Father Bosroger recorded the proceedings, which he would publish in 1652. In his account, nuns were said to confess further evidence against Picard and Boulle. In addition to tempting them into sexual acts, Satan (supposedly in the form of Picard and Boulle) had also tried leading the nuns down the road of heresy. Appearing to the nuns as a beautiful angel, the Devil engaged them in theological conversations so clever that they began to doubt their own teachings. When told that this was not the same information they had been taught, Satan replied that he was a messenger of heaven who was sent to reveal fatal errors in what was otherwise accepted dogma.
Signs of possession continued throughout the exorcisms. One witness wrote that a nun "ran with movements so abrupt that it was difficult to stop her. One of the clerics present, having caught her by the arm, was surprised to find that it did not prevent the rest of her body from turning over and over as if the arm were fixed to the shoulder merely by a spring."
As hysteria rose, it seemed inevitable that a trial would occur and Father Boulle's fate would be sealed. During the exorcisms, though, parliament at Rouen passed sentence: Sister Madeleine Bavent would be imprisoned for life in the church dungeon, Father Thomas Boulle would be burnt alive, and the corpse of Mathurin Picard would be exhumed and burned.
After the nuns at Louviers were afflicted, authorities undertook the task of cataloguing the symptoms of demonic possession. The treatise they developed included fifteen indications of true possession:
It is widely believed today that the Louviers Possessions, similar in many ways to those at Aix-en-Provence (1611), Lille (1613), and Loudun (1634) were part of a political and religious "show" in France. According to Stuart Clark, "Possession and exorcism were textual/theatrical allegories of the conflict between the church and Satan, a conflict that, contemporaries believed, was reaching its climax in the early modern era."
They also differ from later cases of possession and witch-hunt hysteria like that in England and Colonial America in that they involve lurid sex themes. During the exorcisms at Louviers, nuns were seen to raise their habits and beg for sexual attention, use vulgar language, and make lascivious movements. In the earlier case at Loudun, a local doctor named Claude Quillet wrote, "These poor little devils of nuns, seeing themselves shut up within four walls, become madly in love, fall into a melancholic delirium, worked upon by the desires of the flesh, and in truth, what they need to be perfectly cured is a remedy of the flesh."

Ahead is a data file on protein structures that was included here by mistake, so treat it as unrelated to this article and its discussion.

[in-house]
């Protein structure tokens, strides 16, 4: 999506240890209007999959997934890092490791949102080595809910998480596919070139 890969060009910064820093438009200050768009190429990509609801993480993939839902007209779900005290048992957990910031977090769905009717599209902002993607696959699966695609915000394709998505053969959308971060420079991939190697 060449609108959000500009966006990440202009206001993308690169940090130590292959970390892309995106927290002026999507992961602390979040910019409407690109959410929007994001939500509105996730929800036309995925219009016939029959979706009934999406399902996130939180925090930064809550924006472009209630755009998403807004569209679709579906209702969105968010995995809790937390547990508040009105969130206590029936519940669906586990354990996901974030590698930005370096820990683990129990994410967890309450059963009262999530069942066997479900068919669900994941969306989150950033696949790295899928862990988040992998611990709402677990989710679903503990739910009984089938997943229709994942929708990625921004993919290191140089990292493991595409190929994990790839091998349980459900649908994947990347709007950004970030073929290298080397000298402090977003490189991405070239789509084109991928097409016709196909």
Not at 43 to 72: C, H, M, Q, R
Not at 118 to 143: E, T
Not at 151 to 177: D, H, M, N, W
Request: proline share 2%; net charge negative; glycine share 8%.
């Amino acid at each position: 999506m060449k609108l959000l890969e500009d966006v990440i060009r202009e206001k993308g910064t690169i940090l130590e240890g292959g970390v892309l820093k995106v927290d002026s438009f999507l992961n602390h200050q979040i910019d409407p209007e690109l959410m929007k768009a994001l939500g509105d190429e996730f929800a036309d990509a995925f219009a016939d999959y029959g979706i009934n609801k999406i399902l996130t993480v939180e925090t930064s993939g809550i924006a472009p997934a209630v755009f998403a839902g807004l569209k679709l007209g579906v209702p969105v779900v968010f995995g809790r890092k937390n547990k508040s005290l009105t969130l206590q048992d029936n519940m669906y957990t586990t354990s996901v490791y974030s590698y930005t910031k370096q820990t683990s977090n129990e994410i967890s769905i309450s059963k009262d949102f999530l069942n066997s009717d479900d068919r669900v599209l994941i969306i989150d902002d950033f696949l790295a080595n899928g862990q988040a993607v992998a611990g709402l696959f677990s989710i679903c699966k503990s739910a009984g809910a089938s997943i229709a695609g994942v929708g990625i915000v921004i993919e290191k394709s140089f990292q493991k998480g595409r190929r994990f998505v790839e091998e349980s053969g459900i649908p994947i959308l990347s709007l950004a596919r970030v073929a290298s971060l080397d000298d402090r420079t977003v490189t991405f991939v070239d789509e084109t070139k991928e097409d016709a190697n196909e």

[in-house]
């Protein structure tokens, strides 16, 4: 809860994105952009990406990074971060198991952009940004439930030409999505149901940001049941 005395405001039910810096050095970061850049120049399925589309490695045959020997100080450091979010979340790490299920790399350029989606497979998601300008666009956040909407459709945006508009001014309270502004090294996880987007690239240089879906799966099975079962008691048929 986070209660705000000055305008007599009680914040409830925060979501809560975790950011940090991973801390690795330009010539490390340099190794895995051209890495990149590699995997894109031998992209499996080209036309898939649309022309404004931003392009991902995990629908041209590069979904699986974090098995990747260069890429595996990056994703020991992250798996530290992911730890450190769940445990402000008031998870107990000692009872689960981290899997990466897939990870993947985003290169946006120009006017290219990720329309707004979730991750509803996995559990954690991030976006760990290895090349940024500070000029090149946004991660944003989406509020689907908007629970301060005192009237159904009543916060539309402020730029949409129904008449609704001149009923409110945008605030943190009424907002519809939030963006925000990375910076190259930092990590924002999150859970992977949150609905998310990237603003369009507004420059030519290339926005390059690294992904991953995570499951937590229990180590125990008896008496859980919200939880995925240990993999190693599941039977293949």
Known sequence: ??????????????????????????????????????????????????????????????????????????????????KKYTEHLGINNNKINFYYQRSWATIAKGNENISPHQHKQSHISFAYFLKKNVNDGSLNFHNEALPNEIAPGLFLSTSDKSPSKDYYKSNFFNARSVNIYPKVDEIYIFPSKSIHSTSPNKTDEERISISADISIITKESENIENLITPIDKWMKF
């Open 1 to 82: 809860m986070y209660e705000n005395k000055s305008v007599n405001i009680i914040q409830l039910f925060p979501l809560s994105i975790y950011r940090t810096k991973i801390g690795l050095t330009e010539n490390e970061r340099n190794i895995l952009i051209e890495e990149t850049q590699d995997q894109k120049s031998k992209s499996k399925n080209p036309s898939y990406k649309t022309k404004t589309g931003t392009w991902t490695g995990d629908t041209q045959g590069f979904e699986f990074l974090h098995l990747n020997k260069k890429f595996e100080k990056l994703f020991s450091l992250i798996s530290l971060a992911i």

Most demonic possessions in France of this period (from the early to late 17th century) were of young women and appeared most often in the convents. Physicians and psychologists today attribute much of the activities to sexual hysteria, alluded to so long ago by Quillet. Robert Mandrou and Jean-Martin Charcot echoed many seventeenth-century physicians and following a French school of anti-Catholic medical positivism of the nineteenth century argued that mental disorders —primarily hysteria triggered the bizarre behaviors. Extreme seizures explained in the 17th century are today believed to point to epilepsy and similar diseases. In the time-frame of the cases in France, demonic possession served as a catchall explanation for any personality anomaly.
Feminist historians reject the term "hysteria" as misogynistic, and reject the characterization of seventeenth century convents as places of "sexual frustration and/or debauchery and constant intellectual ennui." Moshe Shulovsky views these instances in the context of feminine religious mysticism and notes that they tended to appear at new or recently reformed convents.
Heavy metal band King Diamond's concept album The Eye tells the story that took place during the Louviers possessions. Amongst the protagonists of the story there are Madeleine Bavent and Father Mathurin Picard.